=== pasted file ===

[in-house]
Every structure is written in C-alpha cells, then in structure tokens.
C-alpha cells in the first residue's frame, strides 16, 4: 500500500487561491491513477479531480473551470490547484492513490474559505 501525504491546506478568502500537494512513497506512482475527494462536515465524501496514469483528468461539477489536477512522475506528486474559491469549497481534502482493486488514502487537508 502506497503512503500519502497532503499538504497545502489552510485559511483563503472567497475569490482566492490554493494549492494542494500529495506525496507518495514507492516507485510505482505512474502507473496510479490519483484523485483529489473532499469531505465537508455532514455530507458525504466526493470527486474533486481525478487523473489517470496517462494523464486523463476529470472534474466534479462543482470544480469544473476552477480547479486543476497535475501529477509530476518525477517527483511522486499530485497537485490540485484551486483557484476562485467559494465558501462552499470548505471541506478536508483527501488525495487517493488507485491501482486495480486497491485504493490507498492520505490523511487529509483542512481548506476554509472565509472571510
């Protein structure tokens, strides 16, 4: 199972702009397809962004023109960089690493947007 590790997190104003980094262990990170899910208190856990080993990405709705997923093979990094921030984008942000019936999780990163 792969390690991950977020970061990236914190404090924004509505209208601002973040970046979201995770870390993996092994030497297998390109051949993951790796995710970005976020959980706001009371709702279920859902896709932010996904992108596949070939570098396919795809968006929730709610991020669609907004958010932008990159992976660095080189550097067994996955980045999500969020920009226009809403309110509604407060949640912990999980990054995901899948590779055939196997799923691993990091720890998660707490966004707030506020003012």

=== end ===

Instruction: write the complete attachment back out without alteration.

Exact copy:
[in-house]
Every structure is written in C-alpha cells, then in structure tokens.
C-alpha cells in the first residue's frame, strides 16, 4: 500500500487561491491513477479531480473551470490547484492513490474559505 501525504491546506478568502500537494512513497506512482475527494462536515465524501496514469483528468461539477489536477512522475506528486474559491469549497481534502482493486488514502487537508 502506497503512503500519502497532503499538504497545502489552510485559511483563503472567497475569490482566492490554493494549492494542494500529495506525496507518495514507492516507485510505482505512474502507473496510479490519483484523485483529489473532499469531505465537508455532514455530507458525504466526493470527486474533486481525478487523473489517470496517462494523464486523463476529470472534474466534479462543482470544480469544473476552477480547479486543476497535475501529477509530476518525477517527483511522486499530485497537485490540485484551486483557484476562485467559494465558501462552499470548505471541506478536508483527501488525495487517493488507485491501482486495480486497491485504493490507498492520505490523511487529509483542512481548506476554509472565509472571510
């Protein structure tokens, strides 16, 4: 199972702009397809962004023109960089690493947007 590790997190104003980094262990990170899910208190856990080993990405709705997923093979990094921030984008942000019936999780990163 792969390690991950977020970061990236914190404090924004509505209208601002973040970046979201995770870390993996092994030497297998390109051949993951790796995710970005976020959980706001009371709702279920859902896709932010996904992108596949070939570098396919795809968006929730709610991020669609907004958010932008990159992976660095080189550097067994996955980045999500969020920009226009809403309110509604407060949640912990999980990054995901899948590779055939196997799923691993990091720890998660707490966004707030506020003012």